Mobile power leads expansion

Tom Maliti

The growth of telecommunications in recent years is helping to stimulate an economic revolution in East Africa’s largest economy, and Kenyans abroad are helping out too, writes Tom Maliti

Kenya’s economy has been managing to pull through from both the global financial crisis and the country’s domestic meltdown in 2008, in part because the agricultural and manufacturing sectors have recorded positive growth in 2010 for the first time in three years.

Central Bank of Kenya’s Governor, Professor Njuguna Ndungu, attributes the growth in agriculture to the good and regular rains since 2008, when the country experienced a drought. Ndungu also said that the Kenyan economy was able to begin recovering faster because, unlike during previous times of economic decline – such as the global oil crisis of the 1970s – the government did not redirect its budget for ongoing infrastructure and other development needs towards the running costs of government or other more immediate priorities. “This time we protected the development budget and protected capacity for future growth,” Ndungu said. “We are confident we are going to achieve 5 percent [economic growth] in 2010.”

The 5 percent forecast is confirmed by other experts such as the director-general of the secretariat for Kenya’s Vision 2030 programme, Mugo Kibati, whose task is to set out a viable blueprint for Kenya to become a middle-income country over the next two decades. For Kibati, the main driver of growth since 2008 has not been agriculture, manufacturing or even Kenya’s rapidly reviving tourist trade, but the ICT sector.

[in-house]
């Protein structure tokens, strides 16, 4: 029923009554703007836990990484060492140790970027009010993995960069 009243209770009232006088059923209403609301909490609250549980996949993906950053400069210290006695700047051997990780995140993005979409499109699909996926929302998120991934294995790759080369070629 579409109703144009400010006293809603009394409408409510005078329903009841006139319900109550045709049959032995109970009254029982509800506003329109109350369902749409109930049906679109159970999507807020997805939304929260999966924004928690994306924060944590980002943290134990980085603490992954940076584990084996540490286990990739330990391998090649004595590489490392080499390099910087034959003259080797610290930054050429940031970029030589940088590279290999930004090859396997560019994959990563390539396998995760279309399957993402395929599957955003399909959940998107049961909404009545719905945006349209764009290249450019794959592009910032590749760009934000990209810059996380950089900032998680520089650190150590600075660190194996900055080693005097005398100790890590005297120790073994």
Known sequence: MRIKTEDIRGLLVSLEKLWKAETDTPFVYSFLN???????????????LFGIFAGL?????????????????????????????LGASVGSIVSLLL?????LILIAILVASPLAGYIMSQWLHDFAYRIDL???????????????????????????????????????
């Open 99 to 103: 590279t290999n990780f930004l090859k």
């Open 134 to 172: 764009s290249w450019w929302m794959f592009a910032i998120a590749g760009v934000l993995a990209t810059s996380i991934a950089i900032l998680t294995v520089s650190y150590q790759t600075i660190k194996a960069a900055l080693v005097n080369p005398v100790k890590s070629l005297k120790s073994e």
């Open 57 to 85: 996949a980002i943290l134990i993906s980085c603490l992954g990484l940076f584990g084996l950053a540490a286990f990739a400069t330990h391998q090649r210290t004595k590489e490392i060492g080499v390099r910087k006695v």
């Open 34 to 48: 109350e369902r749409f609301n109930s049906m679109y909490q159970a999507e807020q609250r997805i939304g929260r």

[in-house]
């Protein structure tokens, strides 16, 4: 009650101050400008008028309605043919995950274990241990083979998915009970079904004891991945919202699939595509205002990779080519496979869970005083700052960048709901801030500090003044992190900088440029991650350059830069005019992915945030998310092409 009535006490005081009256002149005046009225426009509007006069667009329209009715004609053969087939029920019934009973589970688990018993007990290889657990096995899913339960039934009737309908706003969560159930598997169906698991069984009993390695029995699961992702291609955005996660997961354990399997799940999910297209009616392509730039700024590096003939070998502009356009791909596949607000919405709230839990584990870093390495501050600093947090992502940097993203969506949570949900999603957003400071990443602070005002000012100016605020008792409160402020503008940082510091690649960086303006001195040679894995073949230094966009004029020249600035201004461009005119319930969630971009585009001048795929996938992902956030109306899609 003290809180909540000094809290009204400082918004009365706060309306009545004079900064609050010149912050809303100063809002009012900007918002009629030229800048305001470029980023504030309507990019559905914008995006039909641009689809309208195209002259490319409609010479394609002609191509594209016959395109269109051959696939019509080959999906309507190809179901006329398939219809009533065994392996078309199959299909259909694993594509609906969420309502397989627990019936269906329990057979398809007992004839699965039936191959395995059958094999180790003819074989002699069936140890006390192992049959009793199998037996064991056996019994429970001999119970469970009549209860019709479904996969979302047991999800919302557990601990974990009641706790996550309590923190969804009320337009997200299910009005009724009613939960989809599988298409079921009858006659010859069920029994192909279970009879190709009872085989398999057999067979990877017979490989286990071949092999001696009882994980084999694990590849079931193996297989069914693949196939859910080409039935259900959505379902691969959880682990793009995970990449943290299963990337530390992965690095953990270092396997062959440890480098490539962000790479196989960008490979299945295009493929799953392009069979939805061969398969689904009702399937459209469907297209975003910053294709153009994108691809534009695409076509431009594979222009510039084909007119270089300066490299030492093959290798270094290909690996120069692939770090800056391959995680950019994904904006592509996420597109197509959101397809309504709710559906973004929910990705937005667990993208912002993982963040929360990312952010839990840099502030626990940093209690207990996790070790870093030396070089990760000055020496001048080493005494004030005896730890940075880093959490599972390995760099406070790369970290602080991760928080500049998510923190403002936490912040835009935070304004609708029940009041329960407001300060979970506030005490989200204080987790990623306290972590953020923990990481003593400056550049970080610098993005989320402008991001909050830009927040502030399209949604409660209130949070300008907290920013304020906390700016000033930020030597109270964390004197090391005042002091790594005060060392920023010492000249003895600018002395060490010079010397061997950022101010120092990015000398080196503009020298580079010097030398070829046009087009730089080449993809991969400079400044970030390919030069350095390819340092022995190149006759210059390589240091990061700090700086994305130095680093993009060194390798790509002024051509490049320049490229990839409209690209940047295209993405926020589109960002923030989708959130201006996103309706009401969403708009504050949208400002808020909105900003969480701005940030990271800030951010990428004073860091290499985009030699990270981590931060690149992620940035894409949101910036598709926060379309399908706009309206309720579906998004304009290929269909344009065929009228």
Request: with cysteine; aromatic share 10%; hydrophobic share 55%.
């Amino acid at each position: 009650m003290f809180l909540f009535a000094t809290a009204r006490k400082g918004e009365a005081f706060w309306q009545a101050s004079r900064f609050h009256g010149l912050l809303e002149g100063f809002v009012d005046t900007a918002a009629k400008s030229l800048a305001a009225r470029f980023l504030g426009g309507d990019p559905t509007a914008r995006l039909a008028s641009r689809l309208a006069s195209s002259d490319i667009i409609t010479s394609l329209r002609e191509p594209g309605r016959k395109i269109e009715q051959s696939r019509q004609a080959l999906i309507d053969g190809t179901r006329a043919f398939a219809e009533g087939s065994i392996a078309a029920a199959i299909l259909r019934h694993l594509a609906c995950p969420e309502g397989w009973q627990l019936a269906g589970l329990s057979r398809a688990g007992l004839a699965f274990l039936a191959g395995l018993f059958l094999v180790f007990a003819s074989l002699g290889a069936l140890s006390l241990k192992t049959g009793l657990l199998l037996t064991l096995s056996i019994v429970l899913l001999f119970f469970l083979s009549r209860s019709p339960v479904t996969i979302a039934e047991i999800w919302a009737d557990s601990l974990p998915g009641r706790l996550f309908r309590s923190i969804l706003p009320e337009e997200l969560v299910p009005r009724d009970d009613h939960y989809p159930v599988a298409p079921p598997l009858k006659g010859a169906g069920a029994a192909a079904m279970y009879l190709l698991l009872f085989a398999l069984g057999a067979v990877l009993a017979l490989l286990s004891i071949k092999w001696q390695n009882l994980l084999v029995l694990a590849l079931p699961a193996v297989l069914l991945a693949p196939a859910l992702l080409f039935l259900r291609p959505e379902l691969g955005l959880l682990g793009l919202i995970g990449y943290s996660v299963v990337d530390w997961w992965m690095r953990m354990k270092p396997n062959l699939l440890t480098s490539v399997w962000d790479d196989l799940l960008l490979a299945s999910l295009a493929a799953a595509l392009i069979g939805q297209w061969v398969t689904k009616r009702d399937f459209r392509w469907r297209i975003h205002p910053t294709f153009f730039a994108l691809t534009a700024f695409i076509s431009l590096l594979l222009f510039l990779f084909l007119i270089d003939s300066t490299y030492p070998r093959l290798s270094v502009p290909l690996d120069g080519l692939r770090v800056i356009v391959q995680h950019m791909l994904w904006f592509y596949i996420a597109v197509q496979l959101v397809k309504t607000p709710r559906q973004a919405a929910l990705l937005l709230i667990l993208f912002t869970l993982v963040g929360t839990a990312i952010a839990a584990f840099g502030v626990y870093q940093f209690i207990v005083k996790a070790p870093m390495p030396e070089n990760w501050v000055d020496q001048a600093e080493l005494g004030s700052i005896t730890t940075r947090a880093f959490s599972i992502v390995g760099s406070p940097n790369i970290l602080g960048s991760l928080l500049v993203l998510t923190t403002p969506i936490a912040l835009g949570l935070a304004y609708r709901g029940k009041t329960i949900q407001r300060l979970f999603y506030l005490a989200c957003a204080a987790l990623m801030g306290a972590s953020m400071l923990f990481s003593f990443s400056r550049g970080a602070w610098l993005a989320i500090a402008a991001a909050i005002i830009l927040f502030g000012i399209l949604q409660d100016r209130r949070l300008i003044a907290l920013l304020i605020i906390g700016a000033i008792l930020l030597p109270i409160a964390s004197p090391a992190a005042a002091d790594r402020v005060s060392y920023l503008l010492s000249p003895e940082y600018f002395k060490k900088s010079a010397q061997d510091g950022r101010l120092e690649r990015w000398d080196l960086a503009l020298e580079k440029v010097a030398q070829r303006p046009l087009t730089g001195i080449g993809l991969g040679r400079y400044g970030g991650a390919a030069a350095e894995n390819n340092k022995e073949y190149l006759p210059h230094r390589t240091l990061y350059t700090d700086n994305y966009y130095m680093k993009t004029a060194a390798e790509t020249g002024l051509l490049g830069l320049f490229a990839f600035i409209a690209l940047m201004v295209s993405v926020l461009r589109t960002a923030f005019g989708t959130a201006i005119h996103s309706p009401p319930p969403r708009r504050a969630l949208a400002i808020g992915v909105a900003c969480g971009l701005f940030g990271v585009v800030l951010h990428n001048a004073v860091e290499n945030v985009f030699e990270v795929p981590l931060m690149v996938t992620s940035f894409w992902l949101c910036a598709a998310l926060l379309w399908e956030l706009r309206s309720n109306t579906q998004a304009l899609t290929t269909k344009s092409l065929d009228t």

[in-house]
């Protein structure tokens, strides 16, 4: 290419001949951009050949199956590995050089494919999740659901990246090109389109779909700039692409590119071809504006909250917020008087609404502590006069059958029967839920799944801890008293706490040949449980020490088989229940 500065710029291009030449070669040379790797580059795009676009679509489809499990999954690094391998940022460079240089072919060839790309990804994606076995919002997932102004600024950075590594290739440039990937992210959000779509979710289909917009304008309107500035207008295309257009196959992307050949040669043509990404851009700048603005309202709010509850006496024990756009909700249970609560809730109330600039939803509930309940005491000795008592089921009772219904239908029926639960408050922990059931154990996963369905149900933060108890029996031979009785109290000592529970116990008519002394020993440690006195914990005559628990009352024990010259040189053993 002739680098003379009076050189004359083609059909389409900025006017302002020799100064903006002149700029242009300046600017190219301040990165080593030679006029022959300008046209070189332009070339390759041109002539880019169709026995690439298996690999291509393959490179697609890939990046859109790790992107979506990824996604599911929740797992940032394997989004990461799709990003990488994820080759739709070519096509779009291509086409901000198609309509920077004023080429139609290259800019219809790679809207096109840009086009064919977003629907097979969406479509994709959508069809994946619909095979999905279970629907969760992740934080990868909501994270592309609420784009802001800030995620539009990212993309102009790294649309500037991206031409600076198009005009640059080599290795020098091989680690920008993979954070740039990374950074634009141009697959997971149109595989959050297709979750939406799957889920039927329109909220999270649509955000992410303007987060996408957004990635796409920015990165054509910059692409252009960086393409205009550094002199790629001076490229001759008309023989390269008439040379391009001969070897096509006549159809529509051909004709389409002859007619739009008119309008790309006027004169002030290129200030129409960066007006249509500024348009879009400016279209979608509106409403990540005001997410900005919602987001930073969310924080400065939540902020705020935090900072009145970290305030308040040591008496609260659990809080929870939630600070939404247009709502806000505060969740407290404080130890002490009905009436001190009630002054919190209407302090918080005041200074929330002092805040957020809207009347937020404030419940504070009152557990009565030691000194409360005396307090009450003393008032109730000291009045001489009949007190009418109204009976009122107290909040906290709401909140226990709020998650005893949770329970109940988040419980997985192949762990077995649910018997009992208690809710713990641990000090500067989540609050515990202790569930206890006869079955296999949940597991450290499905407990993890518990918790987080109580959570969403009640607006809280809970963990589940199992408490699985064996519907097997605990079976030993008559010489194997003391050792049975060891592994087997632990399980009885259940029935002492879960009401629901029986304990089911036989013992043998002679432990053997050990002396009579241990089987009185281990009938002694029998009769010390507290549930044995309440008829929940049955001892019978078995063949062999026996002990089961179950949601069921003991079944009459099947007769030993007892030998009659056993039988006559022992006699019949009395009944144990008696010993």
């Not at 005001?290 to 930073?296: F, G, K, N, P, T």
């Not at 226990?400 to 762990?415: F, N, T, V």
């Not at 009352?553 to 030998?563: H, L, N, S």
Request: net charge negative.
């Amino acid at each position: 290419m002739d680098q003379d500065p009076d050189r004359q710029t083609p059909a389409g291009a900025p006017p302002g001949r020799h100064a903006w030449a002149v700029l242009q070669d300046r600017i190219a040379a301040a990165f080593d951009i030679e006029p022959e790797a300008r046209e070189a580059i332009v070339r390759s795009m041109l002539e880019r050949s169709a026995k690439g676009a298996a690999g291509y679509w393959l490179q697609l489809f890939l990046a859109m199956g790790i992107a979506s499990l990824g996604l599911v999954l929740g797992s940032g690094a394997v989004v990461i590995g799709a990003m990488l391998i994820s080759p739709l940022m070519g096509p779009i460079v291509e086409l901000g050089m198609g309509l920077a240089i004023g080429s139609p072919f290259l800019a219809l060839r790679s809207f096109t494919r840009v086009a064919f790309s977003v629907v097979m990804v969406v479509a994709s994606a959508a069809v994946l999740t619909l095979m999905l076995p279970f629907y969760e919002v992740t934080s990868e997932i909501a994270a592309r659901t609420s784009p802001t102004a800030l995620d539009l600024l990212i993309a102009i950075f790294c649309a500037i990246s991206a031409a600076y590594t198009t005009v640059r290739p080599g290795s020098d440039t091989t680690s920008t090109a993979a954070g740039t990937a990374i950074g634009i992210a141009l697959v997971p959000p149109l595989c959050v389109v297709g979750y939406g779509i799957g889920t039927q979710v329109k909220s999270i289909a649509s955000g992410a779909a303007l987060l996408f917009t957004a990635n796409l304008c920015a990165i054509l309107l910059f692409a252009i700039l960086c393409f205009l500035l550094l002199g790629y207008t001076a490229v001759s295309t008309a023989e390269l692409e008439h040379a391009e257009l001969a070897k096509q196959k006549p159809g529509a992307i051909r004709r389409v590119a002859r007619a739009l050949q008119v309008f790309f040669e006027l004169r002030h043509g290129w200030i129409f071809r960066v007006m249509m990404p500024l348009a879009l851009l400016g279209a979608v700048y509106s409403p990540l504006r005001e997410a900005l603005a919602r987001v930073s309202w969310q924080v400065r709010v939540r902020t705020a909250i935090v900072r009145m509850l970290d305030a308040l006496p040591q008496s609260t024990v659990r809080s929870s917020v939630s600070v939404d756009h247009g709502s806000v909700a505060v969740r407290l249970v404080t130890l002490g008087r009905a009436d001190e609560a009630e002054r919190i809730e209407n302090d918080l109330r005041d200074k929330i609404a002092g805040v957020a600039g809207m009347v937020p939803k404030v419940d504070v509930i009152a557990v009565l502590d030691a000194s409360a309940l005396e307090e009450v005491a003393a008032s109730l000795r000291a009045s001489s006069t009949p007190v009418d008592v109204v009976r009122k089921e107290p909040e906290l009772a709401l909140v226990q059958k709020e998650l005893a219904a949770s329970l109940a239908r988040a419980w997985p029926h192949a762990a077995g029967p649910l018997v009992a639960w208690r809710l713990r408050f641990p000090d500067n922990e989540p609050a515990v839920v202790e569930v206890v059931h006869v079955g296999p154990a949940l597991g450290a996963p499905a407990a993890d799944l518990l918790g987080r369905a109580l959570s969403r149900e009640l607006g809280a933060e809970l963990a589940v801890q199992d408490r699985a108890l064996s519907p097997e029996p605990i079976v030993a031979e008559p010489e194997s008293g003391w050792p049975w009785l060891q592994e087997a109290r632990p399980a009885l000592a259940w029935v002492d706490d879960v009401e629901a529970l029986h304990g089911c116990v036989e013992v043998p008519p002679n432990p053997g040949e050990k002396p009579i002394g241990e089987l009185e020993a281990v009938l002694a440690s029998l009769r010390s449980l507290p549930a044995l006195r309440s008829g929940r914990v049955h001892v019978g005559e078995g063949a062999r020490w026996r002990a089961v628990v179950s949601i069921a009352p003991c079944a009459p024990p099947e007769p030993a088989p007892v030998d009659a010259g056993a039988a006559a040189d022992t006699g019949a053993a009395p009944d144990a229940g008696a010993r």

“If you look at the impact that mobile telephony has had over the last, say, five years, it’s tremendous,” Kibati told Global. “A significant part of GDP growth can be directly attributed to that change. The number of 17 million mobile subscribers is huge because you are now having SMEs [small and medium enterprises] and businesses of all kind, who previously were not able to conduct business, conducting it on mobile telephony. And of course you are having things like M-Pesa and M-Kesho [Kenyan mobile telephone financial services] – access to finance via mobile telephony is on the rise.”

Investment in Kenya’s physical infrastructure is also expanding, and this will play an important role, Kibati added. Roads are being built to areas that businesses could not previously access, meaning that these places will now be able to sell their local produce more easily. Rural electrification is also making a big difference. Kibati predicted that Kenya will have “100 percent of all markets and institutions in the country with access to electricity by the year 2012”, allowing businesses to intensify economic activity everywhere.